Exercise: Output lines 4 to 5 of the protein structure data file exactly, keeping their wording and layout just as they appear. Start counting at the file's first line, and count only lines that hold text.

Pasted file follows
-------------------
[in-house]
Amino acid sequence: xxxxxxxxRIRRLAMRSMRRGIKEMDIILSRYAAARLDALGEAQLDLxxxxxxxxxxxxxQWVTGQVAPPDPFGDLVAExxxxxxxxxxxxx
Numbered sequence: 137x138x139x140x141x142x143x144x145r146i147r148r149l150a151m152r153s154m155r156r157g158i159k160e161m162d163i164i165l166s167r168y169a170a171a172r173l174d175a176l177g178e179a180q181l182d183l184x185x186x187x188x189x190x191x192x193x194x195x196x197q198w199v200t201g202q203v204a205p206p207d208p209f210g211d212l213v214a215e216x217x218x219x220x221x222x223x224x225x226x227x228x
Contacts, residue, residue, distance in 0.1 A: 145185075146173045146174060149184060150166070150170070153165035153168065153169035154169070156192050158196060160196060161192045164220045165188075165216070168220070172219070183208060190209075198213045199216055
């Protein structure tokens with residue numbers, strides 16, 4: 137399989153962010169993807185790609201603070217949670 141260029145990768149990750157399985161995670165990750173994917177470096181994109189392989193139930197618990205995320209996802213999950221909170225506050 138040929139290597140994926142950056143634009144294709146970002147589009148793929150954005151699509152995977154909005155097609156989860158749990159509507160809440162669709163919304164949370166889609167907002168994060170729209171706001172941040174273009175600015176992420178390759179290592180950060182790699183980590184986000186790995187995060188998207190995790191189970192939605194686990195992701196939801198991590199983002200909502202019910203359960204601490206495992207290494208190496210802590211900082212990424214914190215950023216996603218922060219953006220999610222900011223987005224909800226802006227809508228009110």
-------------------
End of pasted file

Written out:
Contacts, residue, residue, distance in 0.1 A: 145185075146173045146174060149184060150166070150170070153165035153168065153169035154169070156192050158196060160196060161192045164220045165188075165216070168220070172219070183208060190209075198213045199216055
């Protein structure tokens with residue numbers, strides 16, 4: 137399989153962010169993807185790609201603070217949670 141260029145990768149990750157399985161995670165990750173994917177470096181994109189392989193139930197618990205995320209996802213999950221909170225506050 138040929139290597140994926142950056143634009144294709146970002147589009148793929150954005151699509152995977154909005155097609156989860158749990159509507160809440162669709163919304164949370166889609167907002168994060170729209171706001172941040174273009175600015176992420178390759179290592180950060182790699183980590184986000186790995187995060188998207190995790191189970192939605194686990195992701196939801198991590199983002200909502202019910203359960204601490206495992207290494208190496210802590211900082212990424214914190215950023216996603218922060219953006220999610222900011223987005224909800226802006227809508228009110």